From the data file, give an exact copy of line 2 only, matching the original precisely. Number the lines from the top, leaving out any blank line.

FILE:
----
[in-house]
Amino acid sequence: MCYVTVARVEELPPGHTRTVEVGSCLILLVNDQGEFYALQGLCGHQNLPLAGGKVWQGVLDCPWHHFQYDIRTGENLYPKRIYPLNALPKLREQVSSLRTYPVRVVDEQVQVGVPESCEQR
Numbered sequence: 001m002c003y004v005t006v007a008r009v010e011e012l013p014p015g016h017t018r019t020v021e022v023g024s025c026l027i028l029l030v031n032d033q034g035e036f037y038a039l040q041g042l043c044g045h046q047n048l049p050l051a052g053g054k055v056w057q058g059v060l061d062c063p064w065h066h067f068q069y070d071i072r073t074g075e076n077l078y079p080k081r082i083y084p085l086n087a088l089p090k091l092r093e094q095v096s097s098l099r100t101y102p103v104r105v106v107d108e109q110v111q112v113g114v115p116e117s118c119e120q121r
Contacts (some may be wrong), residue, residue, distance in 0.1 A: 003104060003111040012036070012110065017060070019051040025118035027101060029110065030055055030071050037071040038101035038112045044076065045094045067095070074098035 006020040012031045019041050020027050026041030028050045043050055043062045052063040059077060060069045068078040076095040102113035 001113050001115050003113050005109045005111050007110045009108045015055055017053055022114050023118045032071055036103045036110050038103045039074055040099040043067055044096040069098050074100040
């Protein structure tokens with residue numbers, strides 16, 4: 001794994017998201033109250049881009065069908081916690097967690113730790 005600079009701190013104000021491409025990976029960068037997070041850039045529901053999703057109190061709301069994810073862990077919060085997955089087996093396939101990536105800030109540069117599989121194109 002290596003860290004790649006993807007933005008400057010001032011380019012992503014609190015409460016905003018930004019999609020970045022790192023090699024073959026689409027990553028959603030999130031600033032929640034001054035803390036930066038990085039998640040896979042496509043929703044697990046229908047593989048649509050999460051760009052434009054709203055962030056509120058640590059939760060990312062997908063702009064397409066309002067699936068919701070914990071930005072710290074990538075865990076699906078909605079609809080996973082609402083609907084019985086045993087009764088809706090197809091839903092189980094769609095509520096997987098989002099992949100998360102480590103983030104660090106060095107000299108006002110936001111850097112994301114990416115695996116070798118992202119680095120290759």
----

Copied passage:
Amino acid sequence: MCYVTVARVEELPPGHTRTVEVGSCLILLVNDQGEFYALQGLCGHQNLPLAGGKVWQGVLDCPWHHFQYDIRTGENLYPKRIYPLNALPKLREQVSSLRTYPVRVVDEQVQVGVPESCEQR